Allen tells how the loss of nourishing soil fertility begins in Europe alongside the birth of the capitalistic paradigm.  The landgrab enclosure movement of 1400-1500 halts the use of the common lands; forces large numbers of peasants to relocate to cities, which makes their labor available for industry; and allows, for a few individuals at the top of the society, the acquisition of both land and cheap labor.  The stage–designed by those with the cultural power to change the laws and to control the policing mechanisms–is set now for agricultural profit taking and the accumulation of capital.  Productivity, however, declines (3-4). 

This process of careless large-scale monocrop farming is duplicated in America, except for a small group of mostly small, northern, self-sufficient yeoman farmers (3-15).  Rich men exhausted land fertility and moved to new land–which was, often, given to land companies for free or for a few cents an acre by the government in charge (21-22).  For instance, in 1749 a land grant from King George II helped organize The Ohio Company.  By 1792, after the Revolution, this land company controlled 6,700,000 acres of land along the Ohio River, making George Washington, one of this land company’s leaders, one of the richest men in America (6).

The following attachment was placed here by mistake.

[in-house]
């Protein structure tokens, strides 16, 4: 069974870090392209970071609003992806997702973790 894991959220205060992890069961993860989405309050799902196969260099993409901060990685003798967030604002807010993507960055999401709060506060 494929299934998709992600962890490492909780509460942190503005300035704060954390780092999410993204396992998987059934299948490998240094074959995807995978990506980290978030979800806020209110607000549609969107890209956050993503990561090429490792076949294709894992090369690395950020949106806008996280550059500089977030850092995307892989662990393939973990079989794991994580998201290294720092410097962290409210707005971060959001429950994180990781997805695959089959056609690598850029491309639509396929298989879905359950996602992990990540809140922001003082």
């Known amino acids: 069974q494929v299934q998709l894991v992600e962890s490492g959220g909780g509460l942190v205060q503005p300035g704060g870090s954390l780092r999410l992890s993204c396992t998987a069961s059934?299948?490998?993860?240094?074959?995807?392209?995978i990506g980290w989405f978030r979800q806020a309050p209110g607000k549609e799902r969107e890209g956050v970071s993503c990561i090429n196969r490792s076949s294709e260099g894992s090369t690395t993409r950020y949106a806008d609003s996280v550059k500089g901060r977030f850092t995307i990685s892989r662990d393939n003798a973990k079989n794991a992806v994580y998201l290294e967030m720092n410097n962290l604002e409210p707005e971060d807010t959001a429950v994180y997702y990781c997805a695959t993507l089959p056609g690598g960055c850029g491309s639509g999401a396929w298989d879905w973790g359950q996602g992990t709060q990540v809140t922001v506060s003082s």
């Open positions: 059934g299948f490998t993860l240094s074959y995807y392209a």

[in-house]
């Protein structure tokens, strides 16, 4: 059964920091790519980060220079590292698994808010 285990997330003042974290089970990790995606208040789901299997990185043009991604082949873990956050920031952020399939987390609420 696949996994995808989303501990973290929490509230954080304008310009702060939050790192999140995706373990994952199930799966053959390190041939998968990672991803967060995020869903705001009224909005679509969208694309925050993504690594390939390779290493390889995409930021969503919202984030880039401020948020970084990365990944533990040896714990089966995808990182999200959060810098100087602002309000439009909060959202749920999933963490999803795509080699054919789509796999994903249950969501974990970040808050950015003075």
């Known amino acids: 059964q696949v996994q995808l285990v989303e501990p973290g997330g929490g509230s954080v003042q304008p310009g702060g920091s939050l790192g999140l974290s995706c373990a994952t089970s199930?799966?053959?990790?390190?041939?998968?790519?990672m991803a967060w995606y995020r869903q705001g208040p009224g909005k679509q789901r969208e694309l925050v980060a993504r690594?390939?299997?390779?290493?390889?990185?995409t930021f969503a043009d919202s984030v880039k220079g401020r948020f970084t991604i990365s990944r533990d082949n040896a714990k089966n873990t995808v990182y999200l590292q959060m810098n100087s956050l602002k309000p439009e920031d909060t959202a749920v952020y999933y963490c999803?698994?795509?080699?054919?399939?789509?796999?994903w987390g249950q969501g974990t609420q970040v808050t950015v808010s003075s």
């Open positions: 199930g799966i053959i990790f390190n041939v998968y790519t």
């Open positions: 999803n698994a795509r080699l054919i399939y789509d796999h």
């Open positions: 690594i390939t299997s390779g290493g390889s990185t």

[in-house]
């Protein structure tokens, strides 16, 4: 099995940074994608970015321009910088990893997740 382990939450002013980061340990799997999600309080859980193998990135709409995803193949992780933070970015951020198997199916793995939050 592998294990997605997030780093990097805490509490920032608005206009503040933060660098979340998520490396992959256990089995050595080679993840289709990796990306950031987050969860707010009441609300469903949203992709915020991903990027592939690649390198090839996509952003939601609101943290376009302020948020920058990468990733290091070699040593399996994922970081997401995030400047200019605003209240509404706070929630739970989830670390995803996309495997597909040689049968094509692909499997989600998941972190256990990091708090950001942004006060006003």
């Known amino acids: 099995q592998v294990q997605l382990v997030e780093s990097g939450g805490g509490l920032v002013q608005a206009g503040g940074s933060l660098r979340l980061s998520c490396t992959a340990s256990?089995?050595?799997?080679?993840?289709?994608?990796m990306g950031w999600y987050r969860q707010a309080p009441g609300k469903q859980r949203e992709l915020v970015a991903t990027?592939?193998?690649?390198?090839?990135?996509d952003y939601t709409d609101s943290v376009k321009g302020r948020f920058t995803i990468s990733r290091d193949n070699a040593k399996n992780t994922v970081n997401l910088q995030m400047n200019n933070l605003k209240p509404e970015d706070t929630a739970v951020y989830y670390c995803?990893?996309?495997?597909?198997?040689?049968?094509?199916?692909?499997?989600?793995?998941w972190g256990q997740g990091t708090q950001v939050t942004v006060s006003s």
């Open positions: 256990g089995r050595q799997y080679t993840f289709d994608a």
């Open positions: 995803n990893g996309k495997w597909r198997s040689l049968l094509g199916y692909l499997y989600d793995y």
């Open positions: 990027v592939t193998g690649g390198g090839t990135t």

By the early 1800s, soil fertility on large-scale farms was devastated (13).  But, the first chemical quick fix was discovered.  Peruvian bird guano, mined by slaves and prisoners, was imported in the late 1820s–until supplies were exhausted in the late 1850s (25-26).  Next, fertilizer merchants created, manufactured, and sold, with relentless, repetitive advertising campaigns, attempted copies of the natural guano (30-31). 

So, writes Allen, the stage is now set for the seemingly benign and cheap chemical fix for ruined land, for pest control on monocrops, and for the promise of the reduction of labor costs.  But, the actual price was and is the continued degradation of the land and of the food since, while these farmers produced cheaper food, this food was of poorer quality and contained poisons (139).